Principles of Anatomy and Physiology

Sensory, Motor, and Integrative Systems CHAPTER 16 Introduction Now that you know the organization of the NS we can explore sensation along with somatic sensory and motor pathways. Not every stimulation elicits a response thus many stimuli, along with stored information are integrated. Two complex integrative functions:

Wakefulness Learning and sleep and memory Sensation Recepto r Nerve Impulse s Spinal Cord Brain Stem Cerebral Cortex Sensor

y Info CN S Reflexes Complex Autonomic Reflexes Aware of stimuli (pain, hearing, taste etc) Sensation Conscious or subconscious awareness of environmental (int or ext) changes. Perception: conscious interpretation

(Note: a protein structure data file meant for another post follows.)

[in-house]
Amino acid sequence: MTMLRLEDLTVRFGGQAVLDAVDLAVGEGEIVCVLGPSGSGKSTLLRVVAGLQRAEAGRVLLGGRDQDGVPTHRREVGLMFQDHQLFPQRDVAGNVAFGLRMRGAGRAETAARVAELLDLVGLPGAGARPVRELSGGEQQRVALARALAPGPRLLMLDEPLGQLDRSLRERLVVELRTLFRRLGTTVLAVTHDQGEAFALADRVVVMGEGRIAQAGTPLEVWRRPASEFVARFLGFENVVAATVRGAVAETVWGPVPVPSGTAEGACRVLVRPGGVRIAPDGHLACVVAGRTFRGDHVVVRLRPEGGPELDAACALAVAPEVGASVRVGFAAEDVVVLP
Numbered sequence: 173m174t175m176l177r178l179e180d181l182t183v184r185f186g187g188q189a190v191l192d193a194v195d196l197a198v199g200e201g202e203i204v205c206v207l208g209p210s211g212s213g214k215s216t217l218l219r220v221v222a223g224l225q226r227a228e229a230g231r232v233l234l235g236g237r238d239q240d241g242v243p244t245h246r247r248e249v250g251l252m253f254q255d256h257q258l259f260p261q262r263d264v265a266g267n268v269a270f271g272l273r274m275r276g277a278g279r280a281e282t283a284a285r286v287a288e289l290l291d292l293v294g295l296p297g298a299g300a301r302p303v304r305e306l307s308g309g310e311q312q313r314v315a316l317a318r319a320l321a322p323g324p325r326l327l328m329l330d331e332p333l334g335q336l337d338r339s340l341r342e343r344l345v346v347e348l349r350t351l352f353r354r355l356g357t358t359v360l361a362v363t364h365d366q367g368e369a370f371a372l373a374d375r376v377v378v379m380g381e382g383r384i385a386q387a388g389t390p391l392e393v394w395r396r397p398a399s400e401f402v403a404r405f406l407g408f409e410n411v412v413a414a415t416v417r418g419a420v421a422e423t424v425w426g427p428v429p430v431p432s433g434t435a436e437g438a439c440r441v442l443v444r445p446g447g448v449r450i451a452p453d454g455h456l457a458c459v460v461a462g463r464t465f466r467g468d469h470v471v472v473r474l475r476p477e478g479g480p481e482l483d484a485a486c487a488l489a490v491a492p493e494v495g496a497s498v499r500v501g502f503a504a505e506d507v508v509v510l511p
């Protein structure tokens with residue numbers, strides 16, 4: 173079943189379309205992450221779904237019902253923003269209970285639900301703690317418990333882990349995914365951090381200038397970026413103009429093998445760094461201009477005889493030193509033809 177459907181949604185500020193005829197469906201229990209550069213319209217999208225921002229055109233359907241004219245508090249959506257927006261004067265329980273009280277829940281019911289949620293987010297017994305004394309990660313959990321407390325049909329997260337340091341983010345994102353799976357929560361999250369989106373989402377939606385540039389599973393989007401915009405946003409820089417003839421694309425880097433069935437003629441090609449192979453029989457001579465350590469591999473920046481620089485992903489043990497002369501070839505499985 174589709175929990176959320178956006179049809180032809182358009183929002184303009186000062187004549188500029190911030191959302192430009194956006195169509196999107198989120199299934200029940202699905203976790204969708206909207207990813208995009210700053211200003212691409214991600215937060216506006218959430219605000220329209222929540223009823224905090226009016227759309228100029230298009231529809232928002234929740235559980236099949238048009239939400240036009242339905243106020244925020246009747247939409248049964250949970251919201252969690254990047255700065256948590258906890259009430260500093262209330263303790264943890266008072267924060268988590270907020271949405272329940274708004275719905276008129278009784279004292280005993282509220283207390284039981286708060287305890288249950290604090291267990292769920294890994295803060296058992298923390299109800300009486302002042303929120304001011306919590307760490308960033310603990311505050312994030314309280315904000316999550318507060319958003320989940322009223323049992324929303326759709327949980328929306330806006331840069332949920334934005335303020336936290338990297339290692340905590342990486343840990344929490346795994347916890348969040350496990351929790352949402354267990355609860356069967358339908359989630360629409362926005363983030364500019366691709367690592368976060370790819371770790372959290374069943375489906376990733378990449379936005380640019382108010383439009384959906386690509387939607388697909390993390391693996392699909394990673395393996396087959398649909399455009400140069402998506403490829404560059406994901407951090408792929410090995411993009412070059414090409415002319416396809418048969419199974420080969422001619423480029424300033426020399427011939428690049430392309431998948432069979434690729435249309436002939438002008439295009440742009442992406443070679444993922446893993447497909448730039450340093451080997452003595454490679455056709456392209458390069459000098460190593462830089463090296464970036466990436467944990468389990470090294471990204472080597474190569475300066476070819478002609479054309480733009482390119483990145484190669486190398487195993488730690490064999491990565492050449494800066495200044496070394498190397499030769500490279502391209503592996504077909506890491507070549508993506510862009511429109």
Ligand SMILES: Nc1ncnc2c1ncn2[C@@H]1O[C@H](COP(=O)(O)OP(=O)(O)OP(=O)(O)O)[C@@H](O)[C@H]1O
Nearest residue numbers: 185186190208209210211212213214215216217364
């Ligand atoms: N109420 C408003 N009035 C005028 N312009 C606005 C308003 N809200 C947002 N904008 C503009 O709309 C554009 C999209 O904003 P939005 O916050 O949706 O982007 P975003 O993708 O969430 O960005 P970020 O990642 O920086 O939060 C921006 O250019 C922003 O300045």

of sensation If sensory info doesnt reach the cerebral cortex = no perception (BP) Sensory Modality = each unique type of sensation (ex. Retina, cochlea) Senses 5 basic In anatomy perceived senses

are: General: visceral Special Somatic vs Process of Sensation Stimulation 1. Stimulus in receptive field Transduction 2.

Transduce stimulus to graded potential Conduction 3. GP threshold nerve impulse conducted Translation 4. CNS translates impulse into sensation Graded Potential vs. Action Potential Graded

Vary in magnitude Vary in duration Decay with distance Dendrites and cell body (direction can vary) Variety of ion channels open and close to create potential No refractory period Generator potential Create an action potential Receptor potentials neurotransmitter release

Action All or none principle Same duration Long distances Axons (hillock one way direction) Voltage-gated ion channels cause potential Absolute or relative refractory periods possible Graded Potential Types of Sensory Receptors